Plant based oils should be heated to within 10C of the lye solution and then mixed and blended to a custard like batter. I personally like to add lye and oils at around 40cor lower and I would never do it higher than 60c. Mixing lye and oil at higher temperatures can cause soap volcanoes so its a great skill to be patient to wait for everything to cool.
qualitys of plant based oils
Traditionally soap was often made from tallow (a rendered form of beef or mutton fat) or Lard (Pig Fat) and although this is pretty disgusting for alot of people and I would include myself here, there is something to be said for the sustainable qualities of these ingredients. Such as they are often a waste product from animals being slaughtered for meat and if you can eat an animal then surely all of it should be used. If people are happy to wear animal products such as leather and eat meat then using animal fats in cosmetic products is not so different. The other green credential of these fats being that they can generally be sourced locally so less air miles on your ingredients which is always a plus.
This being said I tend not to wear leather and am a vegetarian so its not something I feel comfortable doing and for this reason I use only plant based oils. I also choose very early on in my soap making life to avoid using palm oil because of the devastation of natural habitats often attributed to palm production. ( maybe I will explore this a bit further in a follow up post). All oils have their own special properties and learning these is one of the joys of this craft. Both Palm and Animal fats tend to lend a hardness to bars which is why they have been favoured. To compensate for using softer oils you can work with water reductions in your recipes and increased curing time. I do both of these with all seal soap bars curing for an average of two months.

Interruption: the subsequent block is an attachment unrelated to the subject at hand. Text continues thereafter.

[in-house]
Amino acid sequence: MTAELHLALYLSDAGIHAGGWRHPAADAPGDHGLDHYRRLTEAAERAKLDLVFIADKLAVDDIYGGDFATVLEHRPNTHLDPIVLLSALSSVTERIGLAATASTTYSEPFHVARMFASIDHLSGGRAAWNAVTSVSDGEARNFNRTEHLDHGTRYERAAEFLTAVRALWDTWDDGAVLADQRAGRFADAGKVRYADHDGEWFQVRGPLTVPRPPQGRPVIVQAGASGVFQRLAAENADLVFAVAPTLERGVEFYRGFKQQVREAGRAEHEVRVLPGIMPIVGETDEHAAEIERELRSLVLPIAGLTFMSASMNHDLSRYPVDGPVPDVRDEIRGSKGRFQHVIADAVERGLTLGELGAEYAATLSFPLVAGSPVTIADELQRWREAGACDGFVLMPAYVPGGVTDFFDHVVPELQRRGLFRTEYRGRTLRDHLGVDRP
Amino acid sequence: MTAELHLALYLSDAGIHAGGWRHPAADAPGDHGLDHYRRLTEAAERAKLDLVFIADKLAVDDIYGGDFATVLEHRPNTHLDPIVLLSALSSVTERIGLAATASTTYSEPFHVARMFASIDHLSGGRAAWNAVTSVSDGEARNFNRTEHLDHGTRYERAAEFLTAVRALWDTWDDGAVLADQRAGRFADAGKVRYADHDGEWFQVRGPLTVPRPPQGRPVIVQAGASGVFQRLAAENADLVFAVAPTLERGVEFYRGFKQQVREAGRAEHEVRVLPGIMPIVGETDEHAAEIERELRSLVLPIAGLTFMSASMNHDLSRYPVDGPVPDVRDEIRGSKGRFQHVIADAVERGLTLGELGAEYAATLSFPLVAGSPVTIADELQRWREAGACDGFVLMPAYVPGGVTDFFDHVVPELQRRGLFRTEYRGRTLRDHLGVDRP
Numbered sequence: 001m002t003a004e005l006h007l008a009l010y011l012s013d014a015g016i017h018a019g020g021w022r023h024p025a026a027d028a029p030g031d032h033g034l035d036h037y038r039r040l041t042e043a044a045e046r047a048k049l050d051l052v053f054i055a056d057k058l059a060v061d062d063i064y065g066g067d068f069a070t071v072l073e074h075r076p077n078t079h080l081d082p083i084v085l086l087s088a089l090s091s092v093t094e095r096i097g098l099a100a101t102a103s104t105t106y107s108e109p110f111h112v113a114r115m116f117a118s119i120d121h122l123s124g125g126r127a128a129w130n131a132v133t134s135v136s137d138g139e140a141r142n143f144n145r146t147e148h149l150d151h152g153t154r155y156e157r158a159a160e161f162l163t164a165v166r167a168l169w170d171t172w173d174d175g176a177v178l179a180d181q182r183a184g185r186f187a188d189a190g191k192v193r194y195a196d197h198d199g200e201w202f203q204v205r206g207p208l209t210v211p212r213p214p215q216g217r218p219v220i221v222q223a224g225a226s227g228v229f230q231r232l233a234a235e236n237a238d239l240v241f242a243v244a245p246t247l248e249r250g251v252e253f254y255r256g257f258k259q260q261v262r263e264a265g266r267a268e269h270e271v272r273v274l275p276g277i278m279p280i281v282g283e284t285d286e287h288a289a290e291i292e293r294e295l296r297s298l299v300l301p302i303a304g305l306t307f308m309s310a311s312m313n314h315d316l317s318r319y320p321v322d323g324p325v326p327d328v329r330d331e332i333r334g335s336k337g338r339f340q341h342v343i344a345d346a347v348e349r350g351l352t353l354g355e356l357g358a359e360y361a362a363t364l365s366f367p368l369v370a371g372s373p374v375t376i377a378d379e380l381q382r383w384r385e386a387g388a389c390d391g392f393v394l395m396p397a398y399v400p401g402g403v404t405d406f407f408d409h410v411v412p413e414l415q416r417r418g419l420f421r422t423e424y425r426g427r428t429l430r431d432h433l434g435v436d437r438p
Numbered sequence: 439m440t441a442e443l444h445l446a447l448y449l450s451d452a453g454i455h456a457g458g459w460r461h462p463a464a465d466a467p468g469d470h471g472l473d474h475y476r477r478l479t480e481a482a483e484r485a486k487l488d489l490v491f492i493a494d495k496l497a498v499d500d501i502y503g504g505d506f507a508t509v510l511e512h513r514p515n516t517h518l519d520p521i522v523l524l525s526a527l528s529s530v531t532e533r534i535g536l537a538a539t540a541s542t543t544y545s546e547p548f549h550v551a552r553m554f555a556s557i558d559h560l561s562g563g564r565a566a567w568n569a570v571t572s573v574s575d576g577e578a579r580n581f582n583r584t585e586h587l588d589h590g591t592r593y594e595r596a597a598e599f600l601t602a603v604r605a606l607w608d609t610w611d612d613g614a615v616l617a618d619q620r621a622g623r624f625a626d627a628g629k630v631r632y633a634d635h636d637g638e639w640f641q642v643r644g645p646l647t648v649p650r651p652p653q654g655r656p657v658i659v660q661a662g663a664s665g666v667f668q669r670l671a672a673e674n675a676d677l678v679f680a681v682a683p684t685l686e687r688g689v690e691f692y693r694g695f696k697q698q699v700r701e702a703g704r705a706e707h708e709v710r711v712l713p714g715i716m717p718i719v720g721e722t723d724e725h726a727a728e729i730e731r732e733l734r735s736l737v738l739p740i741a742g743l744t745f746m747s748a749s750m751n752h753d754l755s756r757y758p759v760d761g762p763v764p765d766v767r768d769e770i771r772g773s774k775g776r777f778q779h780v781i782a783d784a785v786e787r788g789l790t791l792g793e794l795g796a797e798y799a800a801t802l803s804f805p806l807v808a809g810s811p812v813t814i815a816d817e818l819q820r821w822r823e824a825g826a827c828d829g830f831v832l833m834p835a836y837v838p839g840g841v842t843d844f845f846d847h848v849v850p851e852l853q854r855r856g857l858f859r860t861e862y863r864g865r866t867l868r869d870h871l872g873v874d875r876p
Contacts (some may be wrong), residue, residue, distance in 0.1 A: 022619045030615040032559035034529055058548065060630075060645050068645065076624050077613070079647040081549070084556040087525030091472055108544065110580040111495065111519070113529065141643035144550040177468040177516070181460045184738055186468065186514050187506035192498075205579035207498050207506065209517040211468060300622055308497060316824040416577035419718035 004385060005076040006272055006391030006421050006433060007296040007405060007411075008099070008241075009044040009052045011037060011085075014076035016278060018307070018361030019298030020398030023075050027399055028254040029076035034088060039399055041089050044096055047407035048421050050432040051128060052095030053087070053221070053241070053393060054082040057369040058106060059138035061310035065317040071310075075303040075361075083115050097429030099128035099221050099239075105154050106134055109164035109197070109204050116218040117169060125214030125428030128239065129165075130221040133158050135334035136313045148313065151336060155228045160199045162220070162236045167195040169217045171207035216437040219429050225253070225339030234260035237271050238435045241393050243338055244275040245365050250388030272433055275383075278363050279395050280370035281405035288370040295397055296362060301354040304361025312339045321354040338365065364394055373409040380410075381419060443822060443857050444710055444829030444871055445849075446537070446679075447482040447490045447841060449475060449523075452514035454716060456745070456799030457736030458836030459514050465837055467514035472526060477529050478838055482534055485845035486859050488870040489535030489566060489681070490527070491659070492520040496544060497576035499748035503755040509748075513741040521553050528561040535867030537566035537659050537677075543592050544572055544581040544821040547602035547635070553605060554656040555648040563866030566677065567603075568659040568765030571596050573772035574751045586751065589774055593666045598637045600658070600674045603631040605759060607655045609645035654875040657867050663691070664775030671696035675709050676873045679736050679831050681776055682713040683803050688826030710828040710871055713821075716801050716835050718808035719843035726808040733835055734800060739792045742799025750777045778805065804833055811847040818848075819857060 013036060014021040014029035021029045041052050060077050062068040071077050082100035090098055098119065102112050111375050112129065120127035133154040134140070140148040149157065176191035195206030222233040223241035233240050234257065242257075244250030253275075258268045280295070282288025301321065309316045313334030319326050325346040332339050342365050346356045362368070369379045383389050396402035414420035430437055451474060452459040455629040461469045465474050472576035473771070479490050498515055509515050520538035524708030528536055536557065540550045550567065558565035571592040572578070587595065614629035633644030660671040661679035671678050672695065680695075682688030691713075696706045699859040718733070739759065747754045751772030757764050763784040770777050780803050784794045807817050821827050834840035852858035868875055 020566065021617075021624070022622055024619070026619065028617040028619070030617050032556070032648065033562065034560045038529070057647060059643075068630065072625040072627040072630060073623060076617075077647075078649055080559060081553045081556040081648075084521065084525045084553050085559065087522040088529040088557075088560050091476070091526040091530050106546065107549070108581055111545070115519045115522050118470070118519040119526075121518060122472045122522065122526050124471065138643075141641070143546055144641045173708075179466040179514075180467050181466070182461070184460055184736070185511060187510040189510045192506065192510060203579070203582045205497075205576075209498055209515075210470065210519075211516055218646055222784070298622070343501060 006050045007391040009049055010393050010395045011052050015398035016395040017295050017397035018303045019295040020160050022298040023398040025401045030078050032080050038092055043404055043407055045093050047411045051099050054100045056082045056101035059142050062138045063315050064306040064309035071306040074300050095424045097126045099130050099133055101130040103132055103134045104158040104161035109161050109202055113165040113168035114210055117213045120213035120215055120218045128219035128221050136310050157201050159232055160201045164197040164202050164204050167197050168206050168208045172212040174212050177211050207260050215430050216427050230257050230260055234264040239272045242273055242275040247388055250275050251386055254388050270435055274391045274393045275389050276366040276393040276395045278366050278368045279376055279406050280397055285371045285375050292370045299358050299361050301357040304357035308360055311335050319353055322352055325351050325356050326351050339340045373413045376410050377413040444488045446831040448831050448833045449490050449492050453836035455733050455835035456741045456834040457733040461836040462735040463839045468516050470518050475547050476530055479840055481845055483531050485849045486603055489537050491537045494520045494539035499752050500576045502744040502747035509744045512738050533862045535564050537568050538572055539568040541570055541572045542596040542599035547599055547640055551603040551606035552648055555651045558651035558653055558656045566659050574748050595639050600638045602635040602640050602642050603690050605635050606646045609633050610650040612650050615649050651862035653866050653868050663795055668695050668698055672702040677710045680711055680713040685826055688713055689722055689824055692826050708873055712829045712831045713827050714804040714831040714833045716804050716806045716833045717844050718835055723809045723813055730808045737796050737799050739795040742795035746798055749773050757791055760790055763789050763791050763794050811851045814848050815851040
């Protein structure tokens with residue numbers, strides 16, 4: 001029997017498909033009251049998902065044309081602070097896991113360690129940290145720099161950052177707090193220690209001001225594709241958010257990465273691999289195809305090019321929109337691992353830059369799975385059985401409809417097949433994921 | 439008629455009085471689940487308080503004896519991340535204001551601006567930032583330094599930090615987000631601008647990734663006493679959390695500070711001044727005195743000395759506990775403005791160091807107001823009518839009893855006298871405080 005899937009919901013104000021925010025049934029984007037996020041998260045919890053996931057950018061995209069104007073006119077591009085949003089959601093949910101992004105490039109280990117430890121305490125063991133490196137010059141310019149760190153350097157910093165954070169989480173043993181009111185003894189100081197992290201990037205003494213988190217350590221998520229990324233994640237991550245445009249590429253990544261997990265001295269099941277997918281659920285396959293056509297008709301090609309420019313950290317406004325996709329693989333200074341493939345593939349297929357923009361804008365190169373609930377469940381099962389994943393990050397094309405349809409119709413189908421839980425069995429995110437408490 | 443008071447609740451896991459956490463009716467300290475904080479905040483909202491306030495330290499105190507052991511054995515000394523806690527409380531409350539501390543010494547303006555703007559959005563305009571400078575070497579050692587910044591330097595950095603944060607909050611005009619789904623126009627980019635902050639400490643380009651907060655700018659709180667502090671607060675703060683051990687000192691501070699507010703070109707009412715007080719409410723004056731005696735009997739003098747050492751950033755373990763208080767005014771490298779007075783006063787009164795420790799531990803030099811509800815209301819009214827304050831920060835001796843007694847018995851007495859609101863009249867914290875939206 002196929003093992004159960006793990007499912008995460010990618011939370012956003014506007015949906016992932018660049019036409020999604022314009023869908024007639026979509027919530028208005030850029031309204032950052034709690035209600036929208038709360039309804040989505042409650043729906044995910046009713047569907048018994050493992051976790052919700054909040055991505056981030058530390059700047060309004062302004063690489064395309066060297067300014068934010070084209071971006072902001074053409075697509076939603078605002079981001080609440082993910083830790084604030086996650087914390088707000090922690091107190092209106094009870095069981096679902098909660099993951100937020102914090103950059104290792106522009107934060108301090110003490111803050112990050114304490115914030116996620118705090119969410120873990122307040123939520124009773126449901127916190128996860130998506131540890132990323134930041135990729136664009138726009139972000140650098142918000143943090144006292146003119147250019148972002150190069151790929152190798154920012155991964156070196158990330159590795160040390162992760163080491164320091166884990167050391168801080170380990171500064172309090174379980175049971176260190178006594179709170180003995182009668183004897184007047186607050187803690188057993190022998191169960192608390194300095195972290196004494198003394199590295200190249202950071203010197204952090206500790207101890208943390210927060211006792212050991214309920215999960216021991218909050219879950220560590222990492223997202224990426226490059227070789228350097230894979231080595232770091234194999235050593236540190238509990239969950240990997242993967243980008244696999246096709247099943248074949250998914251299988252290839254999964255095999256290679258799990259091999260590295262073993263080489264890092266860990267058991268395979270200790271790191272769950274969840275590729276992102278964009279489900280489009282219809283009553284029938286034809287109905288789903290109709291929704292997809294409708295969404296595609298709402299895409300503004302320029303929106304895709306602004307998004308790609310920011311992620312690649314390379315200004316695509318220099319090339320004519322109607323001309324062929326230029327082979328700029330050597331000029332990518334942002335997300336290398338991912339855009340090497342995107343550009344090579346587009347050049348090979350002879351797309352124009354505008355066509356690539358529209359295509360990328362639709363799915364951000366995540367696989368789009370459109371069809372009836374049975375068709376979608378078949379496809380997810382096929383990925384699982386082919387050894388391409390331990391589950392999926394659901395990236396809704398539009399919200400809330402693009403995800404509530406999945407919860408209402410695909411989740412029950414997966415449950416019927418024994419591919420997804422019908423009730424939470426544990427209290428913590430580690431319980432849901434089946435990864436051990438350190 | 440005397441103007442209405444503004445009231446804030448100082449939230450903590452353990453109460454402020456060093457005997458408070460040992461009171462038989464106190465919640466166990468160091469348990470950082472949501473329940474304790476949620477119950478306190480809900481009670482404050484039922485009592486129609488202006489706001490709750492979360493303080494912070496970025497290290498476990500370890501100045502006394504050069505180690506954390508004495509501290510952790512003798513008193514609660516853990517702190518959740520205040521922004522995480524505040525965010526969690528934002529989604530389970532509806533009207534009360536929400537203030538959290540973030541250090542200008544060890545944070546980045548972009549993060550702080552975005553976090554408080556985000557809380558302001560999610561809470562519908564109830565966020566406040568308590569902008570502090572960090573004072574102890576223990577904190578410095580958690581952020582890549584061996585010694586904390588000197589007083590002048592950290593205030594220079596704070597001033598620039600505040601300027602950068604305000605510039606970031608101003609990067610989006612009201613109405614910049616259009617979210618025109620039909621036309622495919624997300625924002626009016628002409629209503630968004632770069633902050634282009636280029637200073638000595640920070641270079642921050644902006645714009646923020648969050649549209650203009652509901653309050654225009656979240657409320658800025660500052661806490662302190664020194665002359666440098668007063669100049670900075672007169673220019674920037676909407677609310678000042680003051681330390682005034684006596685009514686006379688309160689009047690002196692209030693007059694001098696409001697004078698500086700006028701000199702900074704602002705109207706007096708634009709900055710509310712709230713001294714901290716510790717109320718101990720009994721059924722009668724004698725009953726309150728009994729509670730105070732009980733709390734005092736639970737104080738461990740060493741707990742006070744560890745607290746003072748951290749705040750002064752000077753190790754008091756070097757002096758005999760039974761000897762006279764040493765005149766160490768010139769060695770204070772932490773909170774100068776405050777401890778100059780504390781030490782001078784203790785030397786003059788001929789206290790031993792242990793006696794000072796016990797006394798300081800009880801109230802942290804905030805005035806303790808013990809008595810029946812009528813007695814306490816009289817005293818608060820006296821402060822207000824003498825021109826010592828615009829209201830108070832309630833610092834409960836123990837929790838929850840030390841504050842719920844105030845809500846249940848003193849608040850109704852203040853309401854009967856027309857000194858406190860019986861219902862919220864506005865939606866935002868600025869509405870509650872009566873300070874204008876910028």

So some of my favourite soap oils are
Coconut oil- Loved by skins everywhere- CO has loads of great properties- it is both antibacterial, antifungal and antiviral, moisturising and aids skin healing. It creates a rich and bubbly lather
Shea butter-Also aids cleaning power as CO but with 4-9% unsaponifiables (ingredients which cannot transform into soap), makes it even more skin-friendly. Those unsaponifiables are the fats which soften skin instead of stripping away your natural skin oils while cleansing- kind of lotion like. It is a medium hard oil that creates a smaller more stable lather and can help to create a longer lasting bar
Cocoa butter- Working similar to Shea butter, Cocoa butter is a Harder Oil that creates stable lather. The best thing about this butter is that it smells of chocolate and its amazing
Olive oil- Very gentle for cleansing and makes a mild and nourishing bar. Great for more sensitive skins or those that suffer with eczema or psoriasis . Gives a good clean feel but creates very little to no lather
Castor oil- Needed in very small amounts this thick and sticky oil can turn a soap batter into exactly that. In a nice small amount it can help create a richer and creamier soap.
Sunflower oil- A nice lightweight oil high in vitamin e that can help to protect skin and retain moisture. Mildly cleansing with a medium lather
I wanted to dive a bit deeper into the relationship between commercial soap making and glycerine but Christmas is nearly here and I have market prep do so it will have to wait for next month
Merry Soapmas me old pals